Ed Sec on 'No Child Left Behind': 'We Are Lying to Children and Parents'

The Obama administration is gearing up for an overhaul of the Bush administration's controversial "No Child Left Behind" education reform law.

"Few laws have generated more debate. Few subjects divide educators so intensely," Education Secretary Arne Duncan said today. "Many teachers complain bitterly about NCLB's emphasis on testing. Principals hate being labeled as failures. Superintendents say it wasn't adequately funded. And many parents just view it as a toxic brand that isn't helping children learn."


The administration is planning to develop its proposal for reauthorizing the legislation in the coming months, after receiving recommendations and input from various stakeholders.

Duncan's comments today were made at the first of six "stakeholder forums" to be held on the topic with representatives from more than 160 groups, including the National Education Association, the National Governors' Association and the Business Roundtable.

In addition, Duncan has been travelling the country this summer on a "Listening and Learning" tour to gather information about education reform and how NCLB can be improved.

The current law -- approved by Congress with overwhelming support in 2001 and signed by President George W. Bush in 2002 -- requires students to be measured through standardized tests. Currently, states set their own standards for academic success and may risk federal funding if they fail to show adequate yearly progress in achieving their goals.

Critics claim the current system encouraged states to lower standards so that they could report significant progress.

Duncan agreed that the legislation fails to raise the bar for academic achievement.

"It unfairly labeled many schools as failures even when they were making progress," he said. "It places too much emphasis on raw test scores rather than student growth. And it is overly prescriptive in some ways while it is too blunt an instrument of reform in others.

"But the biggest problem with NCLB," he added, "is that it doesn't encourage high learning standards. In fact, it inadvertently encourages states to lower them. The net effect is that we are lying to children and parents by telling kids they are succeeding when they are not."

However, while the secretary made clear that standardized testing is not ideal, for now, it is the best thing available.

"Until states develop better assessments -- which we will support and fund through 'Race to the Top' -- we must rely on standardized tests to monitor progress," he said. "But this is an important area for reform and an important conversation to have."

Duncan was adamant that reform cannot wait and cited Martin Luther King, Jr., in noting that education is the "civil rights issue of our generation."

"In this new century and in this global economy, it is not only unacceptable to delay and defer needed reforms -- it's self-destructive," he said. "We can't allow so much as one more day to go by without advancing our education agenda."

Despite the urgent calls for reform, many are concerned the administration has failed to offer specifics.

"The immediate take away was where's the detail," said Andrew Smarick, a distinguished visiting fellow at the Thomas B. Fordham Institute. "[Duncan's] been on his 'Listening and Learning' tour since the beginning of this administration … yet we didn't get any very clear details about what he wants the reauthorization to look like."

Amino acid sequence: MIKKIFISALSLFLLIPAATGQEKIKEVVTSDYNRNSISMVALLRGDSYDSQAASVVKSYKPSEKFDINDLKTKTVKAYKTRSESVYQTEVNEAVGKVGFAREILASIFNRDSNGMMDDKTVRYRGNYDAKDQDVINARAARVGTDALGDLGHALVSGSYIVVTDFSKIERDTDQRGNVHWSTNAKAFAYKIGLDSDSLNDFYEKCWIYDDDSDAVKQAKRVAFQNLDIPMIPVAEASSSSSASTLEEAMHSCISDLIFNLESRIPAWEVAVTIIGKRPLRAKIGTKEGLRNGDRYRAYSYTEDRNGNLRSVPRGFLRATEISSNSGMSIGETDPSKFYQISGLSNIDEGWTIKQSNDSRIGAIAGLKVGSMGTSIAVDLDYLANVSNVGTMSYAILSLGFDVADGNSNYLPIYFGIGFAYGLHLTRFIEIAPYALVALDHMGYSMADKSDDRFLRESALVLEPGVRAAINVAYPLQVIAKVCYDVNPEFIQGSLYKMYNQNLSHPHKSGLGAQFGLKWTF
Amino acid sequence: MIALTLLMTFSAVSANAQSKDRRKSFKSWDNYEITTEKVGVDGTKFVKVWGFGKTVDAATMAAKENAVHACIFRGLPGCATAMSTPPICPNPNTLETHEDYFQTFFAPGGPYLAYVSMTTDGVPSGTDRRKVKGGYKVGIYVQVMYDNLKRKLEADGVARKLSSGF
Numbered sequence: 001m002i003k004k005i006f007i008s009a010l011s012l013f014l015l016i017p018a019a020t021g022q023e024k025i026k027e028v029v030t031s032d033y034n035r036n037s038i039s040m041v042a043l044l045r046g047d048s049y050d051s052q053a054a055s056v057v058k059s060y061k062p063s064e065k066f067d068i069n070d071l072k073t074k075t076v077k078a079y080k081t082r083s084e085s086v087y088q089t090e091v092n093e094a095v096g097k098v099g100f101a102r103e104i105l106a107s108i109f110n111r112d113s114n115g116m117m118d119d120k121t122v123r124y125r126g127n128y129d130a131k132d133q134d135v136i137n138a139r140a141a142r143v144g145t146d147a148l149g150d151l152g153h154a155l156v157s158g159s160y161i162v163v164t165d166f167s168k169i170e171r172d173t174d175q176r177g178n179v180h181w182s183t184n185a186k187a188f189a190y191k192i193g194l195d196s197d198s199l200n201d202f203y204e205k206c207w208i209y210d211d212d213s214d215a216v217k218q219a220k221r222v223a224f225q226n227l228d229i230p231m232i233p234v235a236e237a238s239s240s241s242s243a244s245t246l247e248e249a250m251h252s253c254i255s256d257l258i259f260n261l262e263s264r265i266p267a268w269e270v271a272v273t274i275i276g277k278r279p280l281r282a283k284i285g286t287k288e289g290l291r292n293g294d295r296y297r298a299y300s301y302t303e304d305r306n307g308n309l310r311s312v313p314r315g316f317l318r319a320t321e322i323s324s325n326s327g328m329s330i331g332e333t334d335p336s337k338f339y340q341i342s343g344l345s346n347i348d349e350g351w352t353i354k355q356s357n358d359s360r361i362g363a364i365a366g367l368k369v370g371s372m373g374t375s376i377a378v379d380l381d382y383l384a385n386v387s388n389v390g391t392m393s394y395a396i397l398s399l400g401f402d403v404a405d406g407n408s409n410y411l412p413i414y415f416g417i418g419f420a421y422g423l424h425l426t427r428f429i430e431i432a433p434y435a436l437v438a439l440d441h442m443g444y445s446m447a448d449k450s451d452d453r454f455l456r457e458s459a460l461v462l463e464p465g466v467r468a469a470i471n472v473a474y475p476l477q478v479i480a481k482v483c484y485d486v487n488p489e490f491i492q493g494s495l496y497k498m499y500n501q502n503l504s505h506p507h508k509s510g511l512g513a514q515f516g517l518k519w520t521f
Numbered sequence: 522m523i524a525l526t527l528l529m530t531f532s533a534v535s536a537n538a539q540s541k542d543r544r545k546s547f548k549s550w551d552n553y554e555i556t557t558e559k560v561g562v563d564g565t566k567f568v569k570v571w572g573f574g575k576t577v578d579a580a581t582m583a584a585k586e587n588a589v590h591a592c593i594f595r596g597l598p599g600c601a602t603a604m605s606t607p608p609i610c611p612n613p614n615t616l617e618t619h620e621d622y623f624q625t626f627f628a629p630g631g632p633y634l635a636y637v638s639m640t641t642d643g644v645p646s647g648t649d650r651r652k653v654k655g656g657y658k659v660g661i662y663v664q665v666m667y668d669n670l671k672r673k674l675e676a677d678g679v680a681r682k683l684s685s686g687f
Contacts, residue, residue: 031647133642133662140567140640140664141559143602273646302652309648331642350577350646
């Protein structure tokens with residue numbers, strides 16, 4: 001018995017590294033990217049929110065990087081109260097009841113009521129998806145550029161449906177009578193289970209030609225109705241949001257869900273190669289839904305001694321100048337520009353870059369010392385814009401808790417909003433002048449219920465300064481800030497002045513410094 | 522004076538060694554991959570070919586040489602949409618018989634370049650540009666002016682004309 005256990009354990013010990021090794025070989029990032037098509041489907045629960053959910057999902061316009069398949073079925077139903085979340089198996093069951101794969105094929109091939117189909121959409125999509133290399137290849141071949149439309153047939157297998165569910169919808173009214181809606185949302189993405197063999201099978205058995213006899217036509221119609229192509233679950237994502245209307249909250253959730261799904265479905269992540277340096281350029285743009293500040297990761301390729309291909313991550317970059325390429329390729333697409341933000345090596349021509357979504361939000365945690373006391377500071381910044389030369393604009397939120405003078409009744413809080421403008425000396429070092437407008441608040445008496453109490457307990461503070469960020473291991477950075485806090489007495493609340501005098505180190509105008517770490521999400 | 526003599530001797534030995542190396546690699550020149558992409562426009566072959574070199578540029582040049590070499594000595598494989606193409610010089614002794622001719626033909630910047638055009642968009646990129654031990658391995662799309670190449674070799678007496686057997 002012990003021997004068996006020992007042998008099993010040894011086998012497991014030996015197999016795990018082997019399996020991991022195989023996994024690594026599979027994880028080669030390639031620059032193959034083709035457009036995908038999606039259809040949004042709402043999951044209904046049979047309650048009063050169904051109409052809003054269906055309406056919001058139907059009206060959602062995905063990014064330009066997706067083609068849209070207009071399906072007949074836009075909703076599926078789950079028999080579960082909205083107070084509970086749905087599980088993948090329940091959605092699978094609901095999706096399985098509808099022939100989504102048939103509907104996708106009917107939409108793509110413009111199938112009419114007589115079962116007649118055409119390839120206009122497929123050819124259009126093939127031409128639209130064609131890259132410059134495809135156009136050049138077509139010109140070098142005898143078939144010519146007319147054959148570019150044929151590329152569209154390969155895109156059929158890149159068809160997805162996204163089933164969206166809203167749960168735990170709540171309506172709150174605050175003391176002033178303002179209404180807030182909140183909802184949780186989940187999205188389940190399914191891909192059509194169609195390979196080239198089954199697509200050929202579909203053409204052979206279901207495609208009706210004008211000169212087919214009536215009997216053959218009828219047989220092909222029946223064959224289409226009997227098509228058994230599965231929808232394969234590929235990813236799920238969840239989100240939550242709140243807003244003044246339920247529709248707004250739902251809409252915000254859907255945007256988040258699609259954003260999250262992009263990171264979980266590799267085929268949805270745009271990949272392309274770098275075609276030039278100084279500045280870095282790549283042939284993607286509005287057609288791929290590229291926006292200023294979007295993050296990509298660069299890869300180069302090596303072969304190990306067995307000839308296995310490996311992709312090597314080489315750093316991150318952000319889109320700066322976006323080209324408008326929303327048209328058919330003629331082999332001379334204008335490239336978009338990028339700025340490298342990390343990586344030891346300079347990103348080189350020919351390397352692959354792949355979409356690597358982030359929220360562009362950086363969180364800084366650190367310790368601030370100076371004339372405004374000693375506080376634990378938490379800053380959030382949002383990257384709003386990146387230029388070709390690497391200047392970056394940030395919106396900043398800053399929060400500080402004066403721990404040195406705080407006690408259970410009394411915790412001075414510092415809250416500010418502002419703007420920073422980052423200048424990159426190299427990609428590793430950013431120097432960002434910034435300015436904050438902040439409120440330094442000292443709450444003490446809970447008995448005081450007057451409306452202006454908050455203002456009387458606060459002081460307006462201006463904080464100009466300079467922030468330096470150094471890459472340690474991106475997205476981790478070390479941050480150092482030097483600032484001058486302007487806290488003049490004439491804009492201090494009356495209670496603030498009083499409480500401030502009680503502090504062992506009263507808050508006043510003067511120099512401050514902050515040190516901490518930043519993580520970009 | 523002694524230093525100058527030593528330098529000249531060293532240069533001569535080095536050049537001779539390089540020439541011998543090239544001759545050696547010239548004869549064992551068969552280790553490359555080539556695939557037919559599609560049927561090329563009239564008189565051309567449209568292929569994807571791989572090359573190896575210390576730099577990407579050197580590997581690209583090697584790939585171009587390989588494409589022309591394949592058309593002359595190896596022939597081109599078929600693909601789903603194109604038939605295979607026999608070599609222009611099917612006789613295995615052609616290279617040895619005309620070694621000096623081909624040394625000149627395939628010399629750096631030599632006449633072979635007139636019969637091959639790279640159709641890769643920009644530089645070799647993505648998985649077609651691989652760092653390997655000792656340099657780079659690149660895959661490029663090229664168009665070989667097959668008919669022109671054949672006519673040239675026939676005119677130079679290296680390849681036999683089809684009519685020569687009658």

"In effect, [Duncan] was saying we need to act immediately, but then let's do more listening and waiting," Smarick said.

Furthermore in this tough political climate, passing a reform bill may be easier said than done.

"The biggest challenge in getting this reauthorized is the politics of it -- what type of legislative plan could get support in both the House and Senate," Smarick said. "The amazing thing is that people have been making predictions since 2006 that NCLB reauthorization was going to happen, so you have to be skeptical of anyone who says that reauthorization is going to happen soon."

Overall, the secretary agreed that new standards must be clearly outlined, but that states should continue to play a large role.

"We should be tight on the goals -- with clear standards set by states that truly prepare young people for college and careers -- but we should be loose on the means for meeting those goals," he said.

Earlier this year, 48 states and the District of Columbia agreed to adopt uniform standards in math and language arts.

Several stakeholders raised concerns about accountability going forward.

"It's always very important to embrace higher standards, but let's not be too loose on the accountability side," said Arthur Rothkopf, senior vice president of the Chamber of Commerce. "We need to have real compliance."

Others are concerned that NCLB testing has narrowed the focus of academic success, something they feel must be reversed.

"The assessment system … we must think about sciences, the arts, creativity," said Santa Clara County, Calif., Superintendent Charles Weiss. "What gets assessed is what gets taught."

Smarick, however, noted that broadening the range of what gets taught and evaluated "means that you need to create even more tests, and a lot of people would be opposed to that. Most educators want fewer tests -- not more."